Monday, November 5, 2012

live. love. catch!

One of the really fun things about working in a Fair Trade shop, aside from helping artisans, telling people about Fair Trade for the first time, and the Visual Merchandising, is getting to see cool new Fair Trade products first-hand.  Last week found me tossing the newly discovered Pocket Disc around the office, flipping it up in the air, twirling it on my finger, and trying to convince one of the store volunteers to help me give it a thorough testing out on the sidewalk.  (No takers!  Apparently they were having too much fun unpacking a Christmas shipment.)
Sunburst Assortment

Created by Fair Trade Federation member, Phd Productions, the Pocket Disc was actually born from what most would consider a failed craft project.  According to Phd's website, "Savanna Groft, a third grader at the time, was assigned a project at school. Her teacher asked her to crochet a round placemat as part of her handwork studies. Savanna’s initial efforts yielded a round disk, but because she had not added enough stitches, the disc curled under forming a small lip. This placemat of sorts sat on a table for over a year until a family friend, Chris Larsen, came over, and threw it. The placemat sailed across the living room and the Pocket Disc was born."  Savanna is in good company with others who have miscalculated or made a mistake in design or invention that ultimately led to something much better.  (i.e. penicillin, fireworks, the microwave, and chocolate chip cookies)
Savanna Sports Edition

Co-founders Patrick Groft and Chris Larsen formed Phd Productions with the intention of creating more Pocket Discs, but the way they went about finding their labor force sets them apart as a truly remarkable company.  "Through a veteran importer, Phd Productions found cooperatives of Guatemalan women to produce Pocket Discs.  In return for the amazing artistry that these women add to the Pocket Disc, the women are paid fairly and work under good conditions. Phd Productions is a member of the Fair Trade Federation and follows the Federation’s guidelines to ensure proper treatment of its workers.
The money they make crocheting Pocket Discs and other hand-made products enables their children to go to school and helps keeps them out of poverty in a country in which 56% of people now live below the poverty level. The village of San Pablo, where many of our artisans live, has one of the highest rates of malnutrition in Guatemala, which as a country has the second highest rate of malnutrition in the western hemisphere, after Haiti."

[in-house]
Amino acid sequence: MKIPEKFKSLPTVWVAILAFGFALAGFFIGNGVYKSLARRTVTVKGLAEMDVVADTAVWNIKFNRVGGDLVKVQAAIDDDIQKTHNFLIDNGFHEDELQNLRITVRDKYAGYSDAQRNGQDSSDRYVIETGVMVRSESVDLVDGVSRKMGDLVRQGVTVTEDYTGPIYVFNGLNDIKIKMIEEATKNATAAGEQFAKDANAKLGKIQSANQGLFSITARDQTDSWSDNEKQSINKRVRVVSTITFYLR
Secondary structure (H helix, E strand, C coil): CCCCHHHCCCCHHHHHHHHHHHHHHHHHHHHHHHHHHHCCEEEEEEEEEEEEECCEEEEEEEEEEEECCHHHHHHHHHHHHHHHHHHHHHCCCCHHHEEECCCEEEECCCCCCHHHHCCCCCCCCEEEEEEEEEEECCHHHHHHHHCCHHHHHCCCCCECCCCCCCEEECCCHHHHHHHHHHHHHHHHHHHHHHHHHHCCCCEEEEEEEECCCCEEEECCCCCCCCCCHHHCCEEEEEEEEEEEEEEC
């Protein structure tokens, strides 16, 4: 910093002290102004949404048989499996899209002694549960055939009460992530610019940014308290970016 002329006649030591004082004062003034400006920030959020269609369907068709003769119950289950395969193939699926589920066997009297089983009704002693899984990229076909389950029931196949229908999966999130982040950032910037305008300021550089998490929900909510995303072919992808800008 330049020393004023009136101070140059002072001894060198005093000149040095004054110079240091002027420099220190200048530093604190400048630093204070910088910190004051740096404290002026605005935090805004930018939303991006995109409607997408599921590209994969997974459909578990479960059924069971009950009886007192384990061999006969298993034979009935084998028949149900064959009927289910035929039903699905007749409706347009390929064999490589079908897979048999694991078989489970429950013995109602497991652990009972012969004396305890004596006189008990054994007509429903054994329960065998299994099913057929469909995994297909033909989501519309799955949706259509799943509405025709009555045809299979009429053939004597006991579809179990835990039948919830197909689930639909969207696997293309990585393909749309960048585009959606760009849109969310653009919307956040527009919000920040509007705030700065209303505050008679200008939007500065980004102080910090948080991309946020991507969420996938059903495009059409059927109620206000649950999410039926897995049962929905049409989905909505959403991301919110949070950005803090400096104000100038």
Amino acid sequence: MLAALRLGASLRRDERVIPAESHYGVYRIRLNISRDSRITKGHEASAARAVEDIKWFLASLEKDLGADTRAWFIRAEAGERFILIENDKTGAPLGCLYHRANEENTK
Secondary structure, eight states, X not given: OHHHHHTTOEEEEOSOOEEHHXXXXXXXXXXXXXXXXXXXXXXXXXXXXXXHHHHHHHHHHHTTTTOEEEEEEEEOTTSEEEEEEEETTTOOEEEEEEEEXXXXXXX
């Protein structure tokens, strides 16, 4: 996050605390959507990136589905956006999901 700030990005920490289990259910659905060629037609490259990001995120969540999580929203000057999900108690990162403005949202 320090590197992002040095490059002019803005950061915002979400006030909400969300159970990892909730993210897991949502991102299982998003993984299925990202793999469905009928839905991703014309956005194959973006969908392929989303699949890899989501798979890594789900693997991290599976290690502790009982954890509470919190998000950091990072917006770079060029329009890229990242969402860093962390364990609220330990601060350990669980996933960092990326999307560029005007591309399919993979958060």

Guatemalan Weaver
Phd Productions works with "Mayan women who are indigenous weavers in the highlands of Guatemala, Mexico and the Mexican Yucatan. Its mission is to support these local women, their weaving groups, and small family businesses, by providing consistent, fair income. The Pocket Discs produced by these women are made by crocheting, an ancient traditional craft which women can do at home while caring for their families.  In Guatemala more than half of the total population is poor, but almost three-quarters of the six million strong indigenous population is poor.  The company currently works with approximately 450 Mayan artisans primarily in Guatemala, as well as Southern Mexico and the Yucatan."
Rainbow Swirl

Stella Bluna

The story of Pocket Discs is an inspiring one, and the Discs themselves are just plain fun.  They range in price from $10-$17 with colorful patterns and fun design names like Flonkerton, Stella Bluna, and Mexican Radio.  I was excited to find these before Christmas.  They will be making my gift list, both to give and to receive.  Phd Productions also makes hackysacks, purses, hats, and other Fair Trade accessories.

Win a Pocket Disc!
As a continuing contest on their website, tell the folks at Pocket Disc what the P H D in Phd Productions means to you and you could win your very own Disc.

Pocket Discs are available online, and at select retailers, sporting goods stores, learning centers, and gift shops throughout the US and Canada.

*All photos and quotes courtesy of

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